You will be aware today the media embargo for the upcoming Mazda MX-5 expires today and I have read the reviews and well, it looks to be stunning, simply put it takes everything that makes the MX-5 great and improves on it, kerbweight for example is reduced overall to make the car lighter than the previous generation along with the inclusion of Mazda’s SKYACTIV powerplants.
I will be driving this new model very shortly and will deliver my verdict here soon, I can say though that I was fortunate to own both a 2nd & 3rd generation MX-5’s and both were fantastic. Lightweight with the full ability to use all of the power without breaking the law, simply put a perfect handling car that I did indeed drive all over Europe.
To prove the new generations perfect 50/50 weight distribution Mazda decided to prove this via this video:
I cannot wait for my turn in one of the new generation.
According to Autoblog
“In the Miata I feel incredibly confident behind the wheel. I know exactly how the roadster will respond to every command, and I use that to my advantage”
“it’s gratifying to know that the Miata continues to stay true to the original, which itself stayed true to the Lotus Elan. It’s still a small sports car. It’s still big fun. It’s still a toy. Best of all, it still makes us happy.”
Japlonik calls it a ‘Miata’:
“This actually might just be the best performance car you can buy. Period.”
“It gave us something close to a perfect day behind the wheel. This car is joyfully, frighteningly fast in the real world.”
Mazda MX-5 press release:
Innovate in Order to Preserve After 26 years and more than 950,000 Mazda MX-5 Miatas sold globally, the 2016 MX-5 has circled back to what made the world fall in love with it in the first place. When the first-generation MX-5 Miata made its world debut at the 1989 Chicago Auto Show, it ushered in a new era of the roadster: fun and affordable, yet with the added benefit of Japanese reliability. And, predictably, its popularity skyrocketed. MX-5s have become daily drivers, weekend toys and championship-winning race cars, alike. Lightweight, nimble and fun to drive, the fourth-generation MX-5 draws inspiration from MX-5s that came before it, pairing the driver as one with the car – in Japanese, it’s loosely translated as “Jinba Ittai.” But it also carves a path that is thoroughly modern and uncharted for Mazda’s flagship roadster. While the purity philosophy behind MX-5 has remained through the years, the 2016 MX-5 has had to adapt, gaining SKYACTIV Technology to make it faster and more efficient and KODO—Soul of Motion design for its striking looks. It is no wonder, then, that MX-5 continues to exist as a class of one, as competitors have come and gone through the years, and it sets the pace for the entire Mazda brand as spirited dynamics and innovation abound throughout the lineup. There has never been a more convincing lineup of cars and SUVs at Mazda than is available today, and every one of them displays a little piece of MX-5 in their value, dynamics and passion. SKYACTIV Technology: When Less is More SKYACTIV Technology is not just a catchphrase; it is a total-effort philosophy to reduce weight and improve efficiency. A byproduct of that is greater handling capabilities and chassis dynamics, providing the driver with a more connected, enjoyable experience. All of Mazda’s sixth-generation vehicles have employed the “Gram Strategy,” which drives Mazda engineers to seek the tiniest improvements in every possible area of the car – a shave here, a redesign there, a complete rethink somewhere else.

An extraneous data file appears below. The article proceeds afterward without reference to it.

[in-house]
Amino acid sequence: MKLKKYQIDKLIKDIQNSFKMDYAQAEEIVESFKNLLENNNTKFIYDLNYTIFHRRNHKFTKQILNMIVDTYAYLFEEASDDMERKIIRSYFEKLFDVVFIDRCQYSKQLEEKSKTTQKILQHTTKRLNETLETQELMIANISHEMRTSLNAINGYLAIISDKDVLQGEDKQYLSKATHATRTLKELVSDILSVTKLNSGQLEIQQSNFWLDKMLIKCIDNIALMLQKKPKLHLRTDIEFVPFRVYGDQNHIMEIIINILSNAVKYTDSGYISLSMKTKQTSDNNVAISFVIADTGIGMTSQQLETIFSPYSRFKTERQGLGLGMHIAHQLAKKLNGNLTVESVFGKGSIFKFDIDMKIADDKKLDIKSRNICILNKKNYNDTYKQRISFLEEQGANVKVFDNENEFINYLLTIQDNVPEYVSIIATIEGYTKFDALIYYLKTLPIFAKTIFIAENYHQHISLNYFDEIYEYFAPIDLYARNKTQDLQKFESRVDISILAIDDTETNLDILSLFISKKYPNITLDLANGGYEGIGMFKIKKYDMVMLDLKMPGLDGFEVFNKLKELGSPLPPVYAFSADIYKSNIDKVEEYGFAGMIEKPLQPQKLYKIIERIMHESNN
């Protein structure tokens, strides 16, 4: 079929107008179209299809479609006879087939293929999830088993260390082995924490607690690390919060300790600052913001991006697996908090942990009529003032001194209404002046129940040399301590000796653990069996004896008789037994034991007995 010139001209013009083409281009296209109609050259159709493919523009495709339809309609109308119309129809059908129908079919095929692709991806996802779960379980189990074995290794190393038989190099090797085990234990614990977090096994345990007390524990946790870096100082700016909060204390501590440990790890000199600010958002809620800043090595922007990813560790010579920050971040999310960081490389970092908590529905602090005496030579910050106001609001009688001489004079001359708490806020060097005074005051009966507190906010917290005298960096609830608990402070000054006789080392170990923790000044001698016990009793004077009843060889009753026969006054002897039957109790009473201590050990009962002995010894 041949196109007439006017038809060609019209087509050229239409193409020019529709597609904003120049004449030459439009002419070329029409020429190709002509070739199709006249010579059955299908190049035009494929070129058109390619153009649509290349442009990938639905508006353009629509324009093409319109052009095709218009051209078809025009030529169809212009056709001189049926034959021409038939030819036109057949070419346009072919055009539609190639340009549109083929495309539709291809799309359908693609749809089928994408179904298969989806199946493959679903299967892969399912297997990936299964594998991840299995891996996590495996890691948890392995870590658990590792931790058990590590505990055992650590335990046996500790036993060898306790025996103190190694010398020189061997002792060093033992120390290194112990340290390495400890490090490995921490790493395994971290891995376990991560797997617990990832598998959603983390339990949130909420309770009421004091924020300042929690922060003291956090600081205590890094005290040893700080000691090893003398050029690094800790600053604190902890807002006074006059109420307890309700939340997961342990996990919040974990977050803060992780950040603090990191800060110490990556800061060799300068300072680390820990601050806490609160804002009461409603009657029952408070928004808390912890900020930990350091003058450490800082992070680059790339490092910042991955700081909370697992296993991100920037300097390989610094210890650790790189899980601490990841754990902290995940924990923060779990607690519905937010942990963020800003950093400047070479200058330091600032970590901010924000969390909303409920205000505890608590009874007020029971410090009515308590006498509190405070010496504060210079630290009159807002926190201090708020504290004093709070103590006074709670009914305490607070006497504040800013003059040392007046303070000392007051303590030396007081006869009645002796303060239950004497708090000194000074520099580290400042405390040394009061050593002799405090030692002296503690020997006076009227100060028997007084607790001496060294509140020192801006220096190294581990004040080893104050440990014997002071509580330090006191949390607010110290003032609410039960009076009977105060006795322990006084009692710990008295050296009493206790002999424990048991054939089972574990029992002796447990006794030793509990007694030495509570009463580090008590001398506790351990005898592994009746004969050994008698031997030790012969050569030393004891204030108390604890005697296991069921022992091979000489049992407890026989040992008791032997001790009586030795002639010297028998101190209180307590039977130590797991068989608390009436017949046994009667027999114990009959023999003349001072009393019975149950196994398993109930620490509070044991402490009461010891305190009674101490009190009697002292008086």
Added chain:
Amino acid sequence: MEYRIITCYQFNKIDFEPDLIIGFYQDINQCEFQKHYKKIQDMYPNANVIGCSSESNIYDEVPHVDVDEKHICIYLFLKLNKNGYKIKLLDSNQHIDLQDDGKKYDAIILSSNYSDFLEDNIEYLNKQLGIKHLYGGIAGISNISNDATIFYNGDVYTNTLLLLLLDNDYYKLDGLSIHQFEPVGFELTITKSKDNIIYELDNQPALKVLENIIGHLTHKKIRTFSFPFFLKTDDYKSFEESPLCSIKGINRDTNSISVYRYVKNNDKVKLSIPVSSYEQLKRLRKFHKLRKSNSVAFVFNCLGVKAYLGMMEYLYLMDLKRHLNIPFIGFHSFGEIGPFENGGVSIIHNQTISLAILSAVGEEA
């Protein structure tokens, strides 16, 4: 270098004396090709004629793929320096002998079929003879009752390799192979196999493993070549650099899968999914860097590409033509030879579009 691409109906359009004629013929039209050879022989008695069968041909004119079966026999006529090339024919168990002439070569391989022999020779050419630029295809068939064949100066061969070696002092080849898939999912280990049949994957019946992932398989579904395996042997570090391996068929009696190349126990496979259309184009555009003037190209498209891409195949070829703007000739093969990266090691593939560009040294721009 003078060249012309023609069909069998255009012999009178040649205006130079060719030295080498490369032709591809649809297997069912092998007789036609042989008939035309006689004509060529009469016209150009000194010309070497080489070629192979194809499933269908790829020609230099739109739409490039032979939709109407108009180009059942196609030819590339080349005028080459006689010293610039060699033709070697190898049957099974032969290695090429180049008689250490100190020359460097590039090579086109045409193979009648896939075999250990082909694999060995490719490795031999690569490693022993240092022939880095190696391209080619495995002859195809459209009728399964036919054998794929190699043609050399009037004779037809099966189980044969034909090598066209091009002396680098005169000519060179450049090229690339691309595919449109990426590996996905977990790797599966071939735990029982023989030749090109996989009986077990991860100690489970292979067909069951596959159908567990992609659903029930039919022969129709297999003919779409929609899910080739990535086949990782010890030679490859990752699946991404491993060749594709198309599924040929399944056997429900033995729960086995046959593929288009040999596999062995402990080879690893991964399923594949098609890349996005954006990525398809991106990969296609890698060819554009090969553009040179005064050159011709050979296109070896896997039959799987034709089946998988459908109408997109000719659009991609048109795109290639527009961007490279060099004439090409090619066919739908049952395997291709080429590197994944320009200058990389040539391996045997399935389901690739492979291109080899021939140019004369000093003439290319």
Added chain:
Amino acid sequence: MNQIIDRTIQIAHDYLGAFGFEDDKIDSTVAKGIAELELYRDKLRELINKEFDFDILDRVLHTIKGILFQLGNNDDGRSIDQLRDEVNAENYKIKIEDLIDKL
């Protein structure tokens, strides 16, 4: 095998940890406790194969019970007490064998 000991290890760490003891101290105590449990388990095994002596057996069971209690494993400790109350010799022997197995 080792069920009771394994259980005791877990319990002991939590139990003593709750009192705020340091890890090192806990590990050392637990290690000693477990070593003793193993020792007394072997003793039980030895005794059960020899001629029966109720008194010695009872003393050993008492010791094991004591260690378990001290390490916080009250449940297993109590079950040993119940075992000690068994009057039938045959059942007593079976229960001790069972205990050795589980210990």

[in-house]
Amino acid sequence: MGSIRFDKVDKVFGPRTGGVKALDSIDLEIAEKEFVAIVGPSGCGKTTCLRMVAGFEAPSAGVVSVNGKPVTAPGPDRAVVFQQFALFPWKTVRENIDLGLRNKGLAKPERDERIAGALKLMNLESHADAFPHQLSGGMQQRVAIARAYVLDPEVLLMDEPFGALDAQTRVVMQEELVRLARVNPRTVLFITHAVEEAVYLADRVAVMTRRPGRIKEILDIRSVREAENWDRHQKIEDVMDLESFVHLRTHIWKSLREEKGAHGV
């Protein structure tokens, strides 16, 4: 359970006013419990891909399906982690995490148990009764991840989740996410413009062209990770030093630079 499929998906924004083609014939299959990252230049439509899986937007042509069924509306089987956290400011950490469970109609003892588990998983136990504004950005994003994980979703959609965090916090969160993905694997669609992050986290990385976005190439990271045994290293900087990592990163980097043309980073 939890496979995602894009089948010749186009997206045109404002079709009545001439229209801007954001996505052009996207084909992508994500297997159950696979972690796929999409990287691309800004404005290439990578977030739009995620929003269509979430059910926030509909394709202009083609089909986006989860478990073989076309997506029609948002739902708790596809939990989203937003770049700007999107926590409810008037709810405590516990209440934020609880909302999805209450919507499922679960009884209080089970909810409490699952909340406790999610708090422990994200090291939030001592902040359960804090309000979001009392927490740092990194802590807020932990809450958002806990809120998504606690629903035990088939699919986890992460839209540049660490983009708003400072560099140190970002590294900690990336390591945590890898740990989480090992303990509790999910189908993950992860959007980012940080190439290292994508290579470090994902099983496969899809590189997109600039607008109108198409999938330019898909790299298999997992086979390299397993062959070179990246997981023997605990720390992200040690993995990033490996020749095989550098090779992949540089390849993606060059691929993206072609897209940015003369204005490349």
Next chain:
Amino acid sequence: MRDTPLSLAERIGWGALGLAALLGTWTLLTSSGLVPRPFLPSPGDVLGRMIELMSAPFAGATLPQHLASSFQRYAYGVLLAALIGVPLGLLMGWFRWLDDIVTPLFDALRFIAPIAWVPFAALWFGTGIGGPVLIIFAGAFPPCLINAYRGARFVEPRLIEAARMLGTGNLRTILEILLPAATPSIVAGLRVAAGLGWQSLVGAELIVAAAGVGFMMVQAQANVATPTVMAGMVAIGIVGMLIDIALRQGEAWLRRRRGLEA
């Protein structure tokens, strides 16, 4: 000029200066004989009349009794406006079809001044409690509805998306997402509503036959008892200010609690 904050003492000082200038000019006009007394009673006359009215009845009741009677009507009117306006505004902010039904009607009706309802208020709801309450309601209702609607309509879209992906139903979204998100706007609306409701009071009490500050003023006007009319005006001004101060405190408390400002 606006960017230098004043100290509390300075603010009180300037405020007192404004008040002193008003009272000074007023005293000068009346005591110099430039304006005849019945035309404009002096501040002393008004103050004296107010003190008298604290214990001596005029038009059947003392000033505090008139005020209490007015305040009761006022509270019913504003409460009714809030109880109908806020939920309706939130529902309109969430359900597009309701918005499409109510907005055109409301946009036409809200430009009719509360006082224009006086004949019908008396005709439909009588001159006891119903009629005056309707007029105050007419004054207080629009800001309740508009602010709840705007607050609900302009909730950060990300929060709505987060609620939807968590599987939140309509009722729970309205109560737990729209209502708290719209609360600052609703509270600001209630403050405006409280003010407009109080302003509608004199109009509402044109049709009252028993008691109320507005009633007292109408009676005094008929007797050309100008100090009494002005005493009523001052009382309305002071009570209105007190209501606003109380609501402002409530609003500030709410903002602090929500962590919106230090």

As part of that thought process, engineers implemented more high-tensile steel in the vehicle’s structure to improve safety, all while reducing weight. At 2,332 lbs. (2,381 lbs. with six-speed automatic transmission), the 2016 MX-5 is approximately 150 lbs. lighter than the third-generation MX-5, and only 182 lbs. heavier than the original 1990 model, which is incredible when you consider the technology and safety features of the new car versus the original. But weight reduction is only half of the story.
That, along with Mazda’s torque-rich SKYACTIV-G 2.0-liter engine and standard SKACTIV-MT six-speed manual transmission, allows MX-5 to achieve a staggering 25-percent greater fuel-efficiency than six-speed manual-equipped previous-generation models. Put it another way: At an EPA-estimated 27 mpg city, MX-5’s estimated city mpg is nearly the same as the previous generation’s highway figure. Six-speed automatic models are EPA-rated at 27 mpg city/36 mpg highway. The SKYACTIV-G engine powering MX-5 produces 155 horsepower at 6,000 RPM and 148 lb-ft of torque at 4,600 RPM, and it sits lower and farther back in the engine bay for a lower center of gravity and quicker response.